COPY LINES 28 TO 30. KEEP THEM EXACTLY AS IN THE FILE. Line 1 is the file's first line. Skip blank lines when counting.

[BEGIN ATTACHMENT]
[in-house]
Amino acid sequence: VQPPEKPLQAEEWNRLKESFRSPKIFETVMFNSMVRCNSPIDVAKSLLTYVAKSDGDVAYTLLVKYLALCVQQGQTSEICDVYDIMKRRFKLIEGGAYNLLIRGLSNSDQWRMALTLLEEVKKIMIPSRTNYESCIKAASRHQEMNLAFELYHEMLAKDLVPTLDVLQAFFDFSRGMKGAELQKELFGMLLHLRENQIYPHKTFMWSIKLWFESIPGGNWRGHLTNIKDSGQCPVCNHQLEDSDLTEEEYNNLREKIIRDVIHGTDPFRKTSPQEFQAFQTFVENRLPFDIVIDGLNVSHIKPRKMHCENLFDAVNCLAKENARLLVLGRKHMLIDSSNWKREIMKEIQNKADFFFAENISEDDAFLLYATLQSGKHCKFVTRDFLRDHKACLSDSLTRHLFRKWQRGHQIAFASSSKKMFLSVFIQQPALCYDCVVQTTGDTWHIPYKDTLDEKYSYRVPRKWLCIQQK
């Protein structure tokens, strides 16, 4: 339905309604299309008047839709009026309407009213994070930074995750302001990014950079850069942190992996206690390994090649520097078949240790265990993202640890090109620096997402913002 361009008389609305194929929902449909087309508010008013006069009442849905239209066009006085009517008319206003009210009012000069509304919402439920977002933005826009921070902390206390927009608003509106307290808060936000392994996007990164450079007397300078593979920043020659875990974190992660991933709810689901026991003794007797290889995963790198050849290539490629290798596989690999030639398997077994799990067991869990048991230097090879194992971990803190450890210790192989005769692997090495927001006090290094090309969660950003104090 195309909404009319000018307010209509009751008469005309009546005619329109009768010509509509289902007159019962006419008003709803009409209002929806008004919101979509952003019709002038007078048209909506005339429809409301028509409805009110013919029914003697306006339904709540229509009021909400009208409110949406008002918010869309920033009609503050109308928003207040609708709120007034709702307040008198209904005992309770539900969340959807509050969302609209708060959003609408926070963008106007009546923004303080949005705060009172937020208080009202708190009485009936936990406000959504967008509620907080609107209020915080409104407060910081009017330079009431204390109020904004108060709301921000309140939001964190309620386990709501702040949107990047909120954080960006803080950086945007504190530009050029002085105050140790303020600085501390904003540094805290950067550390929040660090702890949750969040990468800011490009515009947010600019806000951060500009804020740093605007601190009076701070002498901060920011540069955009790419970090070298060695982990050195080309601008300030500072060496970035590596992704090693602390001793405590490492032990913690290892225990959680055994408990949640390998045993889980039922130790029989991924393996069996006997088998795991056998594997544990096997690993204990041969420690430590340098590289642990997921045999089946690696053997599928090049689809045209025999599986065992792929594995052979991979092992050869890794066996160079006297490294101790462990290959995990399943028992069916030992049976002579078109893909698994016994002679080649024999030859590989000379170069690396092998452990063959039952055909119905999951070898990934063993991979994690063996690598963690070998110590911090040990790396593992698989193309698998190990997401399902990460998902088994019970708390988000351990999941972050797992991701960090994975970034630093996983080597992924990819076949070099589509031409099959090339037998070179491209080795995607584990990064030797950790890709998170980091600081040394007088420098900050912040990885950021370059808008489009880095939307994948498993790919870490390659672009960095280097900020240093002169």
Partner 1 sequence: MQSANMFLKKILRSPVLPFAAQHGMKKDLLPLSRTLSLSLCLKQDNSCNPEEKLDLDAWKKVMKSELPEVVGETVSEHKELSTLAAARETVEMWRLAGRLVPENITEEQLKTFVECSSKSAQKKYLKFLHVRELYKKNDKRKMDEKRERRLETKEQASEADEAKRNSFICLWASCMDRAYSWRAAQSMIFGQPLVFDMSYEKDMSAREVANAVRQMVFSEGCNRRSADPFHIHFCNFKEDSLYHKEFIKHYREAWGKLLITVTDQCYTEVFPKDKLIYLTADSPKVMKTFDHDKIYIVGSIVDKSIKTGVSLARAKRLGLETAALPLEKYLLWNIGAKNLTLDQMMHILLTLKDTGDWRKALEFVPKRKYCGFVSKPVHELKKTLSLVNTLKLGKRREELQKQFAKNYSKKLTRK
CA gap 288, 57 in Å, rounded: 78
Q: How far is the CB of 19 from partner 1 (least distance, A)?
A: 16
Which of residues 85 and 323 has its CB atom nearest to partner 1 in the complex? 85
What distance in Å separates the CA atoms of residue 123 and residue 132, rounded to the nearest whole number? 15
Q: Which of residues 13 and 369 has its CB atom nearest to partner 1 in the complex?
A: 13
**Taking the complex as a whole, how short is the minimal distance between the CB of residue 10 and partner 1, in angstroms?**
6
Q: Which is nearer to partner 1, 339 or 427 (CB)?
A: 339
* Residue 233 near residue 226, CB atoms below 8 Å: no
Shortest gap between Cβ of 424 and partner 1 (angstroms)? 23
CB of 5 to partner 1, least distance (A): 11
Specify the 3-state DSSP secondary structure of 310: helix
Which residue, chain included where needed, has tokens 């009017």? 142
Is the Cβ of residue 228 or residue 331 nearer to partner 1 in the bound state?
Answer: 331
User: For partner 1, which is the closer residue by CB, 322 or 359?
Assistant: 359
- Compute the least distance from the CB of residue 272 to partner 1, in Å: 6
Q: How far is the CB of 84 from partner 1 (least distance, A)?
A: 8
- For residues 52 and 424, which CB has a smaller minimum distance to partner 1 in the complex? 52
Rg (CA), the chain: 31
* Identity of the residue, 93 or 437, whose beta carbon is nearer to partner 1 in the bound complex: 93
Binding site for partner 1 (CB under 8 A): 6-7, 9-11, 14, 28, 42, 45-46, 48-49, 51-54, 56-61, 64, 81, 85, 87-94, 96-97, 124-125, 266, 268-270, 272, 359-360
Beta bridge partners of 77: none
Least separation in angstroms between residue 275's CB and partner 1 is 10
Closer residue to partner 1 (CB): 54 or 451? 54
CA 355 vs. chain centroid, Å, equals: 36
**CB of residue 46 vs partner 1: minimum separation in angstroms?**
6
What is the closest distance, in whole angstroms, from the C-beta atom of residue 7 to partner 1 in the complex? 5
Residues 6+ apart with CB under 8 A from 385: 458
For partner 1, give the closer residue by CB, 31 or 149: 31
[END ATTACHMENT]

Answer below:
- For residues 52 and 424, which CB has a smaller minimum distance to partner 1 in the complex? 52
Rg (CA), the chain: 31
* Identity of the residue, 93 or 437, whose beta carbon is nearer to partner 1 in the bound complex: 93